IN PICS | Cyclists in mourning as they bid farewell to Alex Otto
Dawn memorial ride brings community and family together
Tears flowed at dawn, people hugged, quiet whispers and clenched hand-holding — then five minutes of complete silence in memory of Alex Otto, 50, the cyclist killed tragically by a speeding taxi on Sunday.
Hundreds of Johannesburg cyclists gathered at their clubs on Thursday morning for what they normally refer to as a coffee ride — only this Thursday it was set down as a memorial ride.
“By 5.45am we were all gathered at the War Memorial in Saxonwold, and then we cycled about 5km to the Otto family house in Oaklands,” said Albert Olivier of Parks Cycle Club, the riding group Alex Otto was a big part of.
“We arrived at the house at about 6am, and the family was already standing outside, ready and waiting for us. I never dreamt something like this could have so much impact, but it did. It was very emotional.
“I think we were all struggling with our own feelings and fears — how we would get back on our bikes and go on after what happened to Alex. But his brother Rene was there and he spoke and he just told us all to go out and carry on riding, to have fun and enjoy it in just the same way Alex did.”
It was a difficult ordeal, but one that proved to be positive as cyclists united in their grief and their love for their sport, and said goodbye to the man many refer to as “a legend”.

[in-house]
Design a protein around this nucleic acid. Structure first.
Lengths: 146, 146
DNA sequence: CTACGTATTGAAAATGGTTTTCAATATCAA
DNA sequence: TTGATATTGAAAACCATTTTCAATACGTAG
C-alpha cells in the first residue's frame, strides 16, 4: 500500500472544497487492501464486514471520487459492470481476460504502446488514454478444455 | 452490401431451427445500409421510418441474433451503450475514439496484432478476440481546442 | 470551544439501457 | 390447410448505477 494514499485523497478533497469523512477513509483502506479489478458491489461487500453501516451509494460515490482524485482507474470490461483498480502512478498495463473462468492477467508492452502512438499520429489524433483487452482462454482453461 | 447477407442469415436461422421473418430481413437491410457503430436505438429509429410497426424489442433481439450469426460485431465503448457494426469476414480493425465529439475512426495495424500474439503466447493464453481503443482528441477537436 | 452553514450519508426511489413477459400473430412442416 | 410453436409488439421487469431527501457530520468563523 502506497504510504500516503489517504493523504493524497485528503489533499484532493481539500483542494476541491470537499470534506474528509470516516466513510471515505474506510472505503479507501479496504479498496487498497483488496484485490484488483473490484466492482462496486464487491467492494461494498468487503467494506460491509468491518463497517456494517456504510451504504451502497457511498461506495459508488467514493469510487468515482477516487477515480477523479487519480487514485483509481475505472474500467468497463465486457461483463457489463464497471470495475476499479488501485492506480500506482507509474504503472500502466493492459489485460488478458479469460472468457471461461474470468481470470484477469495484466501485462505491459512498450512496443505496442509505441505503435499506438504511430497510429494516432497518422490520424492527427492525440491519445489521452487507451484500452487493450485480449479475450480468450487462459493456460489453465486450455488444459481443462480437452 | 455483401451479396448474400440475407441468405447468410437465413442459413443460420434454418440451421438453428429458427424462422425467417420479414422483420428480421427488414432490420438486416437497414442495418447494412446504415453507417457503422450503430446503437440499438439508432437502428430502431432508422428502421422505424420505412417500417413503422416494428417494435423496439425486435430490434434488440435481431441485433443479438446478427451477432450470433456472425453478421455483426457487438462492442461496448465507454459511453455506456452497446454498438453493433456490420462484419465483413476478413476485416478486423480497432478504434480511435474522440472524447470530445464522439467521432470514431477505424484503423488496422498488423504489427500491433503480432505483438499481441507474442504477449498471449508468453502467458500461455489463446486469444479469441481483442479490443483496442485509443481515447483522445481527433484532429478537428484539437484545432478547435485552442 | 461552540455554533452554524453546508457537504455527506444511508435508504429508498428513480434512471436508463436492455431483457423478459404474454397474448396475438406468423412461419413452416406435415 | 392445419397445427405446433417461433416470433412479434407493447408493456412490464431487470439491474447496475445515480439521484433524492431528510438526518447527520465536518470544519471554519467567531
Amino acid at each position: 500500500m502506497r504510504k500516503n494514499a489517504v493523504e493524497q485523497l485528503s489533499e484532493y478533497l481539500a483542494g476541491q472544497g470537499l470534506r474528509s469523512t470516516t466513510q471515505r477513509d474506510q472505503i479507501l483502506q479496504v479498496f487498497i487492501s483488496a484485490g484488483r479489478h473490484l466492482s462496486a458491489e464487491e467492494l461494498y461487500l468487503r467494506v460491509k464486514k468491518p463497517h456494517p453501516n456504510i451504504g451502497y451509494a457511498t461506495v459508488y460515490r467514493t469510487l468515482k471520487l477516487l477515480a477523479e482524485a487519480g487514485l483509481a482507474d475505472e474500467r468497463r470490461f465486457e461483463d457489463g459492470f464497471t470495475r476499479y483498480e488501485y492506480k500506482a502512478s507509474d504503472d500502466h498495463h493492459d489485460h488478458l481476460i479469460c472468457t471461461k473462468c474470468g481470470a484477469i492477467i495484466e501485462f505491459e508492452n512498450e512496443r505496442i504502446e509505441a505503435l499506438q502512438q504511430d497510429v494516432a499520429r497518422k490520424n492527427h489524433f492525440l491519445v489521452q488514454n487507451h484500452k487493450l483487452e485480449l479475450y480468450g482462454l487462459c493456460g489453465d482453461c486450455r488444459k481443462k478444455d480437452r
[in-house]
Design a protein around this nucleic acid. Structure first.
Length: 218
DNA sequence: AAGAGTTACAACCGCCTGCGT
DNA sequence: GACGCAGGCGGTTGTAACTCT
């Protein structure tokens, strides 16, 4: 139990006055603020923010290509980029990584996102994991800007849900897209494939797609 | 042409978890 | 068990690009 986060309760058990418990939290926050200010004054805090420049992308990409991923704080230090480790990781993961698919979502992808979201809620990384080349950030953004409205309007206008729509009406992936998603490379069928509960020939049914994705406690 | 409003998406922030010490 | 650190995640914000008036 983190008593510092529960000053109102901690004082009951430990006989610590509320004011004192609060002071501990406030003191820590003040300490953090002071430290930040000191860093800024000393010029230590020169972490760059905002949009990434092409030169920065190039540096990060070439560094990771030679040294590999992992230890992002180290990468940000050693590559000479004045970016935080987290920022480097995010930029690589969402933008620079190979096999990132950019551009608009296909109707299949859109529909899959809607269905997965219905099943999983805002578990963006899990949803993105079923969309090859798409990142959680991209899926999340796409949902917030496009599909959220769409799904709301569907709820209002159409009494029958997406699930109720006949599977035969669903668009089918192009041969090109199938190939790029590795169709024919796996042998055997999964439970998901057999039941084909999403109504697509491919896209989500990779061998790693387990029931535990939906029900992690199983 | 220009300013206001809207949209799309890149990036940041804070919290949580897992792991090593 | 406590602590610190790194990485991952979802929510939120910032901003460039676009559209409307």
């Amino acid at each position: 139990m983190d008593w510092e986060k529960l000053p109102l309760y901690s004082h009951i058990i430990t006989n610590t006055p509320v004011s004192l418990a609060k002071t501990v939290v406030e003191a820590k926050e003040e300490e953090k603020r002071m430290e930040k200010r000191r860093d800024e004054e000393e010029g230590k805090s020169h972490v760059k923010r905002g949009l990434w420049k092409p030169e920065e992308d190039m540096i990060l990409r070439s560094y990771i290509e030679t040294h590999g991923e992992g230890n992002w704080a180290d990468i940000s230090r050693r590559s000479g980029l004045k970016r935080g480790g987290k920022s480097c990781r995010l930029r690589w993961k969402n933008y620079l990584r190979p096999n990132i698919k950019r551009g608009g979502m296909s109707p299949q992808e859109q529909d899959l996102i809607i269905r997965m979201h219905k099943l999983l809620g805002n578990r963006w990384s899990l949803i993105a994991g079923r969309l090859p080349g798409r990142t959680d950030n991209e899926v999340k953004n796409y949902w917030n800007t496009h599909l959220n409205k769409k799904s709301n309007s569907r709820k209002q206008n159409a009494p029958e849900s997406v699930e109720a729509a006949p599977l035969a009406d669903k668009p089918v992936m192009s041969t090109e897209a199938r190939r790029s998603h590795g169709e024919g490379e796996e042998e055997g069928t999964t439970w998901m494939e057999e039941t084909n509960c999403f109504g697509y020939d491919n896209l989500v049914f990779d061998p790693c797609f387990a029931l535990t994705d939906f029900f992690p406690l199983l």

Otto’s daughter Jocelyn has been shattered by the loss of her father.
“Dad was loved by and loved everyone. He touched and connected with every person he met, and he put his whole heart into all of his interactions,” she said.
"He was so funny, so kind, so generous, so loving, and really the best dad I could have ever asked for. He also set such an incredible example for my sister and I, through everything he did, and through they way he lived his life.
"His everlasting and unconditional love for our mom also showed us and everyone else that how real and true love is. Even after almost 25 years of marriage they were still so in love.
“I will miss dad every day, but I will also live to honour his memory and to make him proud.”
Former rugby great Joel Stransky knew Otto well. In paying tribute, he said: “There were about 500 riders at the memorial this morning, I guess – a great turn out and superb tribute to Alex.”
Speaking of his friend, he said: “I was quite friendly with Alex and rode with him a lot, particularly down in Plett in Decembers when we were both training hard for the Cape Epic. Alex was a beast on the bike, highly competitive and a real racer. He was a gentleman at all times, always fun loving and a true family man!
“Alex’s death is devastating to say the least, especially to his wife and children, and even more so when one considers the violent circumstances. To be killed by [an alleged] drunk taxi driver, driving a vehicle that did not appear to be roadworthy, is maybe indicative of our society in this country, and the lack of respect we generally have for others and for life itself, particularly on our roads. A totally unacceptable accident.”